I WAS IN THE PROGRAM.
The knowledge is horrifying, devastating, crushing. I gulp in a breath and lower my eyes to the paper on my desk. Moments ago, my best friend told me something that upended my world. Nathan said I’d been in The Program last summer, only . . . it never happened. It’s not true.
But at the same time, the weight of it is there—a phantom pain in my chest.
The monitor, Dr. Wyatt, continues her slow pace around the classroom, arms folded over her chest, while she waits for us to fill out our weekly assessments—a relic from The Program hysteria. One the school has reinstituted on a voluntary basis. Voluntary for now, at least.
I read the first question on my paper.
Are you feeling sad or overwhelmed?
That would be an understatement.
“You think she’d take the hint,” Nathan murmurs from behind me, sliding his blank assessment across his desk. “We’re not going to be part of her experiment.” He pauses. “Right, Tatum? We’re done being experiments?”
He wants me to make a joke to show just how fine I am. I can’t let on that I don’t remember being in The Program; Nathan thinks I do. He might not have mentioned it otherwise.
But The Program never made its patients forget they were there. No—they wanted everyone to come out believing The Program had saved their lives. Patients were only supposed to forget the bad stuff.
I remember the bad stuff, or at least most of it. So, if I’d actually been a patient, why would the hurt still be here? Nathan claimed my grandfather got to me “early.” How early?
As I try to work it all out, there’s a shuffle of feet—Nathan waiting for my reply. I force myself to be normal, or some passing version—otherwise, he’ll know there’s a problem. He’ll want answers.
I look at Nathan and flash him a half smile. “Considering I’ve spent the better part of a year being the caged bunny rabbit in this scenario,” I tell him, “yeah—I’m done with unethical experiments.”
Nathan nods his agreement and leans back in his chair. His hazel eyes glide over me, and I quickly turn around, afraid he’ll see through my act. He should be able to. Then again, Nathan’s
been lying to me since last summer. To which I’m sure he’d say, Keeping a secret isn’t the same as being a liar, Tatum. But in this case, it is. He is.
I was in The Program, and that means everyone I love is a liar.
My entire body shakes as I soak in my shock. I look up and find Weston Ambrose still watching me from his seat in the front of the room, concern creasing his forehead. He doesn’t know me anymore. He shouldn’t remember—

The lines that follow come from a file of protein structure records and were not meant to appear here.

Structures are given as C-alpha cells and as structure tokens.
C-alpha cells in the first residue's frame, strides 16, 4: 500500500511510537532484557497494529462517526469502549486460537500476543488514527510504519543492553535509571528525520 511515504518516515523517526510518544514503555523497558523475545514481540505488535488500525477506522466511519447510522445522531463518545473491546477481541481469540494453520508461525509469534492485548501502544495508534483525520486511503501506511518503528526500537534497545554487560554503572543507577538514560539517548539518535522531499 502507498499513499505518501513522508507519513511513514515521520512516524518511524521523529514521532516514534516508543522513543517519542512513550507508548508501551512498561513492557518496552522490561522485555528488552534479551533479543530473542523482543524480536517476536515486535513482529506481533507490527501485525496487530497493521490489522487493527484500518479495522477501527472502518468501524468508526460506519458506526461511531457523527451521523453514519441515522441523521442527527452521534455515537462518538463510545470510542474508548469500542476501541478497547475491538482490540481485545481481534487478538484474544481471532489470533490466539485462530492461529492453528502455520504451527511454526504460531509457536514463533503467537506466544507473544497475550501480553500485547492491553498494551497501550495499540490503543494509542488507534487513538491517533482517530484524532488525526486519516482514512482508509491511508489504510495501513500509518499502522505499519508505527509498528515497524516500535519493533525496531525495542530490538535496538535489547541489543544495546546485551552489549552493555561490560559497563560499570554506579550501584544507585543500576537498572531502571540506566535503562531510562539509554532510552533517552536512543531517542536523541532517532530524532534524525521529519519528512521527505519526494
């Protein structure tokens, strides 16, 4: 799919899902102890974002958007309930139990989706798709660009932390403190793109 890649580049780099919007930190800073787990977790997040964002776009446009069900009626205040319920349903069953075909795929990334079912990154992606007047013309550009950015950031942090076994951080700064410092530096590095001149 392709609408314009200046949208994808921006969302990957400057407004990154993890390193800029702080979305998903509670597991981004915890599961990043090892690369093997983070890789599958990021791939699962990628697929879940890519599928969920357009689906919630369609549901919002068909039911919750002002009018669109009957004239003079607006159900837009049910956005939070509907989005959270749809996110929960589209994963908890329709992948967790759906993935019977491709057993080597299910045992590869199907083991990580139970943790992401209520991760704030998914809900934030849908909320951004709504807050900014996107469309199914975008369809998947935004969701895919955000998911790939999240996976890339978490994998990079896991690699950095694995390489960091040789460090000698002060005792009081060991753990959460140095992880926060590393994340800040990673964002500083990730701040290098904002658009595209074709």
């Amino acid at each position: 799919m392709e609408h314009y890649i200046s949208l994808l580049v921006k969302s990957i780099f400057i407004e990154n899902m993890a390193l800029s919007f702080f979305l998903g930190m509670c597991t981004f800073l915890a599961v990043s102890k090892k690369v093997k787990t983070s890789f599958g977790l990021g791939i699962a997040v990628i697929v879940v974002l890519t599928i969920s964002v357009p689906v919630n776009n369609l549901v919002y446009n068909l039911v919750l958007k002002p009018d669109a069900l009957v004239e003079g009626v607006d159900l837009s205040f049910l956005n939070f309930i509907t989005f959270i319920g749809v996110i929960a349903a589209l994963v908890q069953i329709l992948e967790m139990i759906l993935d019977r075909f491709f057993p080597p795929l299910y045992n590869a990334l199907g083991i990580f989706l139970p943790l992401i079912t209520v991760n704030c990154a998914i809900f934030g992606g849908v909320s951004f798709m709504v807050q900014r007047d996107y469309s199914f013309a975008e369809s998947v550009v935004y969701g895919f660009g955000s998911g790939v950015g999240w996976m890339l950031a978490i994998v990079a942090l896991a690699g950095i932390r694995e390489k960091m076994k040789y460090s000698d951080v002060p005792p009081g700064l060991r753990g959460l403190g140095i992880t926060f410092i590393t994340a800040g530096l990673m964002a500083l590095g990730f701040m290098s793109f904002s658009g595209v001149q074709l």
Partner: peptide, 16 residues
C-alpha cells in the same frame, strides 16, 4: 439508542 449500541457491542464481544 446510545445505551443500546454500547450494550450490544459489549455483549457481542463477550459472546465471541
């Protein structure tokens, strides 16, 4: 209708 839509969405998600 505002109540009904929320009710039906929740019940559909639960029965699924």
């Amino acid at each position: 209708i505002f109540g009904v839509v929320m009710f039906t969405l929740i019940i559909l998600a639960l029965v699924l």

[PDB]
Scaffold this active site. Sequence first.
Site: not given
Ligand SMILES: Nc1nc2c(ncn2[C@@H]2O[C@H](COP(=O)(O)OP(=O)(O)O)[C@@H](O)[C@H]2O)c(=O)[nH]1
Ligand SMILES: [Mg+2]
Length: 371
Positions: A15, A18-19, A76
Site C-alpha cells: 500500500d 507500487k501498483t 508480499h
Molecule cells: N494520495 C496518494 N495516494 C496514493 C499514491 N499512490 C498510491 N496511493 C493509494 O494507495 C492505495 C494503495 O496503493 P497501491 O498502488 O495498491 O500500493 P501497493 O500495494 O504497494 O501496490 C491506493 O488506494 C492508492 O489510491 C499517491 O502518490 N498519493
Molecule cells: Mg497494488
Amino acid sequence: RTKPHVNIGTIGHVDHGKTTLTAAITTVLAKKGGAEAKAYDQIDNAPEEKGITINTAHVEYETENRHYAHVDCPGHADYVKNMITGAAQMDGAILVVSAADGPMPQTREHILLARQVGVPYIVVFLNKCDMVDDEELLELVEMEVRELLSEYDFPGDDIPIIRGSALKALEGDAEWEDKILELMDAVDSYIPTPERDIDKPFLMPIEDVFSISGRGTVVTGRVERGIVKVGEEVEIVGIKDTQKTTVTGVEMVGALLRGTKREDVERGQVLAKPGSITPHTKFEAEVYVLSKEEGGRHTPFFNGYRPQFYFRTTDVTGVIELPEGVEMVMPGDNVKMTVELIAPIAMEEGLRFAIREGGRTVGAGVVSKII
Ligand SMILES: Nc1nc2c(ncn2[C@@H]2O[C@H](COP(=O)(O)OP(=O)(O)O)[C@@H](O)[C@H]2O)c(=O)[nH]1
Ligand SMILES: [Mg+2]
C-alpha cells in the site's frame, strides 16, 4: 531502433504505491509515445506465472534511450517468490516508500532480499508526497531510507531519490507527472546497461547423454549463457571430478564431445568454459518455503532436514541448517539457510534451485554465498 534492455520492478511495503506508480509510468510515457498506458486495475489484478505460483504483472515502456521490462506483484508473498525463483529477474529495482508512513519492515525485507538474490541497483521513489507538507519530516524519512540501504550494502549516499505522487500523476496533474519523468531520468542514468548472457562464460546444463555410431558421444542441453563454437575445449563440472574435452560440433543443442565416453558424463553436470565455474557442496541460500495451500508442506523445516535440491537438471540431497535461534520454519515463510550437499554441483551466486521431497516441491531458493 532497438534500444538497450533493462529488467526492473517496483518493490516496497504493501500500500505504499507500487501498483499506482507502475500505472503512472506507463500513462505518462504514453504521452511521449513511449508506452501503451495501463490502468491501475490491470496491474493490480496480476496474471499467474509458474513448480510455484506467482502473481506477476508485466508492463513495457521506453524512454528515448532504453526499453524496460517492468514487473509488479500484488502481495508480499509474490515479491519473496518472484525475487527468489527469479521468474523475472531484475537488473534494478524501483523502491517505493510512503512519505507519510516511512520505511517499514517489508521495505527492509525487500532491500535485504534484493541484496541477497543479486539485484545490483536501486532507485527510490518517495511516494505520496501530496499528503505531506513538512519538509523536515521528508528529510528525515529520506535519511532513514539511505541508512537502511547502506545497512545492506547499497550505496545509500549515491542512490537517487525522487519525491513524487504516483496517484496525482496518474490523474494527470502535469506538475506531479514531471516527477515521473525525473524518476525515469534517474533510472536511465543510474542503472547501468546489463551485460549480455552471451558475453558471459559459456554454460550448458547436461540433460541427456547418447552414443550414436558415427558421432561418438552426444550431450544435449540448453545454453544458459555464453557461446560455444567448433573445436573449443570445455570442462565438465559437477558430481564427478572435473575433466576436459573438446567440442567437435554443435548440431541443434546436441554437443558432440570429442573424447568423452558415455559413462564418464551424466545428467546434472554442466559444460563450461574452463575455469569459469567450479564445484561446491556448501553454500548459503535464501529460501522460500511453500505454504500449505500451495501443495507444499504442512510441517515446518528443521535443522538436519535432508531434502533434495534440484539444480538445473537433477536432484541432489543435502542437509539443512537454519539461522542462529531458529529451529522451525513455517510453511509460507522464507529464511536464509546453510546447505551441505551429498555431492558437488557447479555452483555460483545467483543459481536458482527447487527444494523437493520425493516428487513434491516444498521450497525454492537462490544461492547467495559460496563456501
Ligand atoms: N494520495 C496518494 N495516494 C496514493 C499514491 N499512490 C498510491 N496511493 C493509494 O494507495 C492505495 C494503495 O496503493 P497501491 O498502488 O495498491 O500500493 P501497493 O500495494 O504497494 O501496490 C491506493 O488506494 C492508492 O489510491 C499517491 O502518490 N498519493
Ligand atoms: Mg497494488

A sharp pain strikes behind my eyes, blooming so quickly and fiercely that it’s an explosion. I press my fingers against my temples, lowering my head as I grit my teeth. But I can’t seem to stop the pain—it spreads across my vision until everything goes black.
And I fall into a memory.
• • •
I was standing at the bottom of the stairs in the front entryway of my house, screaming for my grandparents, who were already in bed. Men in white coats, handlers, stood on either side of me, gripping my forearms, trying to pull me out the door. Blood began to seep again from the wounds on my knuckles, and it dripped in an arc around my feet as I fought.
They’d attempted to catch me on the moonlit porch first, but when I saw them coming, saw the lights of their van, I tried to race inside. I wasn’t fast enough. They nearly tackled me as I pushed open the door.
“Don’t fight, Miss Masterson,” the gray-haired handler said. “We just want to talk.”
Yeah, right. I knew there was no such thing with them. My
head ached; my heart was broken. My hand bled. I fucking hated this life—I did. But it didn’t mean I was going to give it away to The Program. I wouldn’t let them erase me. I wouldn’t let them destroy me. This life was mine, and I wouldn’t let them decide how I’d live it.
“Stop!” I growled, kicking when I couldn’t free my arms. The handler with the scar on his cheek took the brunt of my sneaker, winced, and then slammed me hard against the wall, knocking the air out of my lungs. I gasped, but with my arm now free, I swung at him.
He caught me by the wrist and twisted my arm across my chest and spun me around, locking me against him. I screamed, my voice cracking. Tears streamed down my face. “Stop!” I cried out.
The bedroom door opened upstairs, and my heart soared. “Pop!” I screamed. “Pop, help me!”
There was a flash of movement, and the handler tightened his grip on my wrists. The older handler stepped forward, blocking my view as my grandparents stomped down the stairs.
“Remain calm,” the handler said soothingly to them. But it must not have gone over well, because I heard a scuffle, the sound of breaking glass, and saw shards of our entryway lamp spill across the floor.
My grandfather rushed past the handler, and I sobbed when I saw his face—alarmed, yet sleepy, his glasses left upstairs.
“Help me,” I cried, getting one arm free to reach out to him, still entangled in the handler’s grip. “Don’t let them—”
The handler smothered my mouth with his palm, muffling my words, and began to back me toward the door. The helplessness was horrific, suffocating. I fought harder; I fought for my life.
And then my grandfather was there, grabbing my arm as he tried to physically pull me away from the handler, causing a tearing pain in my shoulder. My grandmother came running into the foyer, holding a wooden broom, and poked at the handlers like they were wild animals. She was wearing her housecoat, her hair in rollers.
“Leave her alone!” she screamed in a shaky voice, swatting them again.
But then the gray-haired handler grabbed her violently by the sleeve of her housecoat, startling her so badly that she dropped the broom with a loud clatter. My grandfather let go of my arm and raced over to his wife, untangling her clothing from the handler’s fist. He put his arm protectively around her shoulders.
The handler who was holding me took his hand from over my mouth. “Be smart,” he growled near my ear. “You’re making this worse.” But I wouldn’t listen to him.
“Pop, please!” I begged, outstretching my hand to my grandfather again.
And when he looked at me, his blue eyes were so sorrowful that it made my legs weaken. The handler steadied me.
Pop knew I was lost; he couldn’t help me. That was what his eyes told me. My grandmother cried quietly next to him, and she turned into the collar of his pajama top to hide her face.
The handler began moving me toward the door again, and although I still fought, my strength had left me. I would die. The Program would end me.
And no one—not even my grandparents—could save me.
• • •
Reality floods back, and I look up, my eyes wide and terrified. The classroom is a blur as I take it in. My entire body is shaking, but my headache fades quickly. I just had a crashback of memory.
Oh, God. It’s all true.